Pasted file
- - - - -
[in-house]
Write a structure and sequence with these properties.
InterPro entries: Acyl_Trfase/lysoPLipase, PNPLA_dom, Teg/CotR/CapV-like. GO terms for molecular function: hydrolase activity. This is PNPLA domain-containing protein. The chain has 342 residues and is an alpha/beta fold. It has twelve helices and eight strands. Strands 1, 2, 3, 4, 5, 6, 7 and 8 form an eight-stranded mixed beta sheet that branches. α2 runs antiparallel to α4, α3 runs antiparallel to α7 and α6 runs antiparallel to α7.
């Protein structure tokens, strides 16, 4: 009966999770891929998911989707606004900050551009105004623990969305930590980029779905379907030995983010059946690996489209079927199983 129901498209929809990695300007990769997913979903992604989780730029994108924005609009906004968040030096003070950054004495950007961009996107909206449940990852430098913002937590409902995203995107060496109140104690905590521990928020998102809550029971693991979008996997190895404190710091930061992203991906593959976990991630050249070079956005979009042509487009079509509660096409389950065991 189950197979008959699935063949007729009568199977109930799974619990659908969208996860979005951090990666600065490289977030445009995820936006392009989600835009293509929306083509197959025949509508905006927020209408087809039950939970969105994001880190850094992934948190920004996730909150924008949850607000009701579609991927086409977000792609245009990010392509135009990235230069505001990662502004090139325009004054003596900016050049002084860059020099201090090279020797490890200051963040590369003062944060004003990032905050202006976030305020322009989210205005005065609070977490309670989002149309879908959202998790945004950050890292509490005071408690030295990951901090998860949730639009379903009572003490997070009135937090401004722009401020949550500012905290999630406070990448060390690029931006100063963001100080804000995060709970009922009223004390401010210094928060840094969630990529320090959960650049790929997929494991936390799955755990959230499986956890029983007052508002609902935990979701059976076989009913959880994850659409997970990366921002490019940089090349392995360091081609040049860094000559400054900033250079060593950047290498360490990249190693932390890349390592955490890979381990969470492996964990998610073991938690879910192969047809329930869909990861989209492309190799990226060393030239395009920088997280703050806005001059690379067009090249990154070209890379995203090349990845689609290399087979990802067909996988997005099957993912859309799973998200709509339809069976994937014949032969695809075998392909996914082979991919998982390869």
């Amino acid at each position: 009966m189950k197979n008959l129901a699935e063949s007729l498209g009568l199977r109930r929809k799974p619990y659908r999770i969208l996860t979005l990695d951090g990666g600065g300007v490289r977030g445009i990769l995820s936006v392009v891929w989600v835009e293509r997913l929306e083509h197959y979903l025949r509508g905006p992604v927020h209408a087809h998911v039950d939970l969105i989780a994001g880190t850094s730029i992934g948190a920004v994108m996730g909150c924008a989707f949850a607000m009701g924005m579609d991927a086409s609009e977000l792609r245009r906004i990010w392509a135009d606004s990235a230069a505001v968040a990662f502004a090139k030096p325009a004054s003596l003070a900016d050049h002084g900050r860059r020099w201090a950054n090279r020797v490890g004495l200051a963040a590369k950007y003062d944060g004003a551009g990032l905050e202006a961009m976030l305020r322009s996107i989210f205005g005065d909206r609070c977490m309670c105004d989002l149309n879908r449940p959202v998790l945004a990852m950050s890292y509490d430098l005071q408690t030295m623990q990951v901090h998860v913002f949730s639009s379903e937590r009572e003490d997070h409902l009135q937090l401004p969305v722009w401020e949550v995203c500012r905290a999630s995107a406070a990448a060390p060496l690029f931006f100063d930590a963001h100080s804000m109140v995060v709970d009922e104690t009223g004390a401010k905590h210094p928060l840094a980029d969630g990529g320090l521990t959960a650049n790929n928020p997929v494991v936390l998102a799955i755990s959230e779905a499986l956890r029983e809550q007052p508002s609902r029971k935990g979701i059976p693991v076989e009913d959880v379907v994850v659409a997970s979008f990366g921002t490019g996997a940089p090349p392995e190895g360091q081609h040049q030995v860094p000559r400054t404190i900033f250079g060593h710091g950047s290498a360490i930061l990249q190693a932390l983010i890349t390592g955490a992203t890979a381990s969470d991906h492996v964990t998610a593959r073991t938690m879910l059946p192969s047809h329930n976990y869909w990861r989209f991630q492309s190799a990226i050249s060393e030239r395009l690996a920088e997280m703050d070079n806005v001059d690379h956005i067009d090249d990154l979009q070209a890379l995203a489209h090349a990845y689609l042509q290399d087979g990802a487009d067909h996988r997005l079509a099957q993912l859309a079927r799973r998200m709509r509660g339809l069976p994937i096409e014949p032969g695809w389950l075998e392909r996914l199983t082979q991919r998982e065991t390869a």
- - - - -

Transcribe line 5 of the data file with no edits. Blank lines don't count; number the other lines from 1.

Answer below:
């Amino acid at each position: 009966m189950k197979n008959l129901a699935e063949s007729l498209g009568l199977r109930r929809k799974p619990y659908r999770i969208l996860t979005l990695d951090g990666g600065g300007v490289r977030g445009i990769l995820s936006v392009v891929w989600v835009e293509r997913l929306e083509h197959y979903l025949r509508g905006p992604v927020h209408a087809h998911v039950d939970l969105i989780a994001g880190t850094s730029i992934g948190a920004v994108m996730g909150c924008a989707f949850a607000m009701g924005m579609d991927a086409s609009e977000l792609r245009r906004i990010w392509a135009d606004s990235a230069a505001v968040a990662f502004a090139k030096p325009a004054s003596l003070a900016d050049h002084g900050r860059r020099w201090a950054n090279r020797v490890g004495l200051a963040a590369k950007y003062d944060g004003a551009g990032l905050e202006a961009m976030l305020r322009s996107i989210f205005g005065d909206r609070c977490m309670c105004d989002l149309n879908r449940p959202v998790l945004a990852m950050s890292y509490d430098l005071q408690t030295m623990q990951v901090h998860v913002f949730s639009s379903e937590r009572e003490d997070h409902l009135q937090l401004p969305v722009w401020e949550v995203c500012r905290a999630s995107a406070a990448a060390p060496l690029f931006f100063d930590a963001h100080s804000m109140v995060v709970d009922e104690t009223g004390a401010k905590h210094p928060l840094a980029d969630g990529g320090l521990t959960a650049n790929n928020p997929v494991v936390l998102a799955i755990s959230e779905a499986l956890r029983e809550q007052p508002s609902r029971k935990g979701i059976p693991v076989e009913d959880v379907v994850v659409a997970s979008f990366g921002t490019g996997a940089p090349p392995e190895g360091q081609h040049q030995v860094p000559r400054t404190i900033f250079g060593h710091g950047s290498a360490i930061l990249q190693a932390l983010i890349t390592g955490a992203t890979a381990s969470d991906h492996v964990t998610a593959r073991t938690m879910l059946p192969s047809h329930n976990y869909w990861r989209f991630q492309s190799a990226i050249s060393e030239r395009l690996a920088e997280m703050d070079n806005v001059d690379h956005i067009d090249d990154l979009q070209a890379l995203a489209h090349a990845y689609l042509q290399d087979g990802a487009d067909h996988r997005l079509a099957q993912l859309a079927r799973r998200m709509r509660g339809l069976p994937i096409e014949p032969g695809w389950l075998e392909r996914l199983t082979q991919r998982e065991t390869a």